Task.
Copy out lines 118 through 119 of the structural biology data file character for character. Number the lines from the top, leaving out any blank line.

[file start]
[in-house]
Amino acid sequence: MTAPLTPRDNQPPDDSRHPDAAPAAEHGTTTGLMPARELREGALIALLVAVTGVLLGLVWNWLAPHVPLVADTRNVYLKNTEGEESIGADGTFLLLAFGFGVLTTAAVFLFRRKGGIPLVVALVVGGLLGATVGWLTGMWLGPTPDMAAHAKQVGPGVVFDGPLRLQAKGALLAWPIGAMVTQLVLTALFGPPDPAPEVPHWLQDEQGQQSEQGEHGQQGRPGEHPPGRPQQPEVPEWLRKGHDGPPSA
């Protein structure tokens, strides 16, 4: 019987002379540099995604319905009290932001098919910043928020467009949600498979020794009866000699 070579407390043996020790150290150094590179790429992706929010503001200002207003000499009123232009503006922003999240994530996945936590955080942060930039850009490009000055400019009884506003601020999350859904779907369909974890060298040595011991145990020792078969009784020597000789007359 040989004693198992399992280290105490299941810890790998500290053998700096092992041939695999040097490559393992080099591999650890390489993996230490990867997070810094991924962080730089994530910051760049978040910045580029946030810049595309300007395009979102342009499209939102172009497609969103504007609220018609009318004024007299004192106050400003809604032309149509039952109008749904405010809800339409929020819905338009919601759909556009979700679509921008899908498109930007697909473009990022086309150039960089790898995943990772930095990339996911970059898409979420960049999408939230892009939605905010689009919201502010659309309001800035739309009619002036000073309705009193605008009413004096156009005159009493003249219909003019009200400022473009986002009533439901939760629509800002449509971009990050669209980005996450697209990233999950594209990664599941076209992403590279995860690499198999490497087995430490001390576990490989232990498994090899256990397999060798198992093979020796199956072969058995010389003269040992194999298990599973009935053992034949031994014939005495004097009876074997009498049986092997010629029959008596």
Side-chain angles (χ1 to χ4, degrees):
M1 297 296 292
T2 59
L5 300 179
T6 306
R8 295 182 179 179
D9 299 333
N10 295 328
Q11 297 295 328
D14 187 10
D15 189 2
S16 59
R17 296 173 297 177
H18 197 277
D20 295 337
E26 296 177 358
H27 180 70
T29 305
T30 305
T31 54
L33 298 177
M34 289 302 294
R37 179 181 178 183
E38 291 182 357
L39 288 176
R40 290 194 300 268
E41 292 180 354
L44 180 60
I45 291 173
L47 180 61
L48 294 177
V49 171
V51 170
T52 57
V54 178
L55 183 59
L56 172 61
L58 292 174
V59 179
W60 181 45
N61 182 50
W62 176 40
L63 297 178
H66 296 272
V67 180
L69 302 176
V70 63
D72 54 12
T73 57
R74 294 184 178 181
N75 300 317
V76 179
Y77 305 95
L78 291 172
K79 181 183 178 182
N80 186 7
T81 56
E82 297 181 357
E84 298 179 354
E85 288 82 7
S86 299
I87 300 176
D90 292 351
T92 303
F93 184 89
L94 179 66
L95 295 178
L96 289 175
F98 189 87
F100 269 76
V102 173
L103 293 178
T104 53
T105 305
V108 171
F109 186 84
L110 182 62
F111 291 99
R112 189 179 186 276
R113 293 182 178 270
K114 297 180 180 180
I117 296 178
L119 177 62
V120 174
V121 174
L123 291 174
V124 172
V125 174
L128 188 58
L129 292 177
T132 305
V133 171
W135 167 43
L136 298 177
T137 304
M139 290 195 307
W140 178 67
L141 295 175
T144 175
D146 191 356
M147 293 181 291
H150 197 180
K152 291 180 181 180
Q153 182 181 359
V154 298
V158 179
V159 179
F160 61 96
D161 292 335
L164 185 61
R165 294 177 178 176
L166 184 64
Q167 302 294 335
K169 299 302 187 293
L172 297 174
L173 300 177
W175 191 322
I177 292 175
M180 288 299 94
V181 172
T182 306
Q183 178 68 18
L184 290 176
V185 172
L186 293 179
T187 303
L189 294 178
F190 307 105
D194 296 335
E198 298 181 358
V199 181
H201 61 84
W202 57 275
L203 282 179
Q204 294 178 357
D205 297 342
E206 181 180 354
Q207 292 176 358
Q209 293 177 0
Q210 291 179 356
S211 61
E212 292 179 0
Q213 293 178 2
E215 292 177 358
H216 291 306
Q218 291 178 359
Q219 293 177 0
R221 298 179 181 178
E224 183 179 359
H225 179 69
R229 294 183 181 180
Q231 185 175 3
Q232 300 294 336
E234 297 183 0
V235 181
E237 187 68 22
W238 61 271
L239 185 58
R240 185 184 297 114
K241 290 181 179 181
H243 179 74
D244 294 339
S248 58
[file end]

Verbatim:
L172 297 174
L173 300 177